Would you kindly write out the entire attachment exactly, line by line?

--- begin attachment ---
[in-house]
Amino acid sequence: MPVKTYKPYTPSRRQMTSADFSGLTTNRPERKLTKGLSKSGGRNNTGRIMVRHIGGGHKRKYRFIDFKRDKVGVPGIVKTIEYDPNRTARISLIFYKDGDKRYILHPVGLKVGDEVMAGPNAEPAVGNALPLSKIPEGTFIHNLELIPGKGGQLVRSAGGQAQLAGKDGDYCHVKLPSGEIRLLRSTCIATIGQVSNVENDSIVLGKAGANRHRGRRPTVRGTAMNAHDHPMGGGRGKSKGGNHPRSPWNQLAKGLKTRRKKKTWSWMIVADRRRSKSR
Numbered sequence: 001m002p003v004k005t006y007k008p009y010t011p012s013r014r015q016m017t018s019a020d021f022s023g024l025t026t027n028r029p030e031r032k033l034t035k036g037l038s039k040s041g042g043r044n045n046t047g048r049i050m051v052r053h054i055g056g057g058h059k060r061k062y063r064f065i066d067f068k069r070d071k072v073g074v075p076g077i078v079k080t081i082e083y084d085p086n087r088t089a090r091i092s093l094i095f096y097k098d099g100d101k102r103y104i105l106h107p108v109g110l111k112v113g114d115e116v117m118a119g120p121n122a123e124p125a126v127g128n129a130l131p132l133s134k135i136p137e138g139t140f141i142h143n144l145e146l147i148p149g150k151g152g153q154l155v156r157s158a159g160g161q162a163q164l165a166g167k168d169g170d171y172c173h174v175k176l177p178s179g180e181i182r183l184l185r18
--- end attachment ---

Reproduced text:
[in-house]
Amino acid sequence: MPVKTYKPYTPSRRQMTSADFSGLTTNRPERKLTKGLSKSGGRNNTGRIMVRHIGGGHKRKYRFIDFKRDKVGVPGIVKTIEYDPNRTARISLIFYKDGDKRYILHPVGLKVGDEVMAGPNAEPAVGNALPLSKIPEGTFIHNLELIPGKGGQLVRSAGGQAQLAGKDGDYCHVKLPSGEIRLLRSTCIATIGQVSNVENDSIVLGKAGANRHRGRRPTVRGTAMNAHDHPMGGGRGKSKGGNHPRSPWNQLAKGLKTRRKKKTWSWMIVADRRRSKSR
Numbered sequence: 001m002p003v004k005t006y007k008p009y010t011p012s013r014r015q016m017t018s019a020d021f022s023g024l025t026t027n028r029p030e031r032k033l034t035k036g037l038s039k040s041g042g043r044n045n046t047g048r049i050m051v052r053h054i055g056g057g058h059k060r061k062y063r064f065i066d067f068k069r070d071k072v073g074v075p076g077i078v079k080t081i082e083y084d085p086n087r088t089a090r091i092s093l094i095f096y097k098d099g100d101k102r103y104i105l106h107p108v109g110l111k112v113g114d115e116v117m118a119g120p121n122a123e124p125a126v127g128n129a130l131p132l133s134k135i136p137e138g139t140f141i142h143n144l145e146l147i148p149g150k151g152g153q154l155v156r157s158a159g160g161q162a163q164l165a166g167k168d169g170d171y172c173h174v175k176l177p178s179g180e181i182r183l184l185r18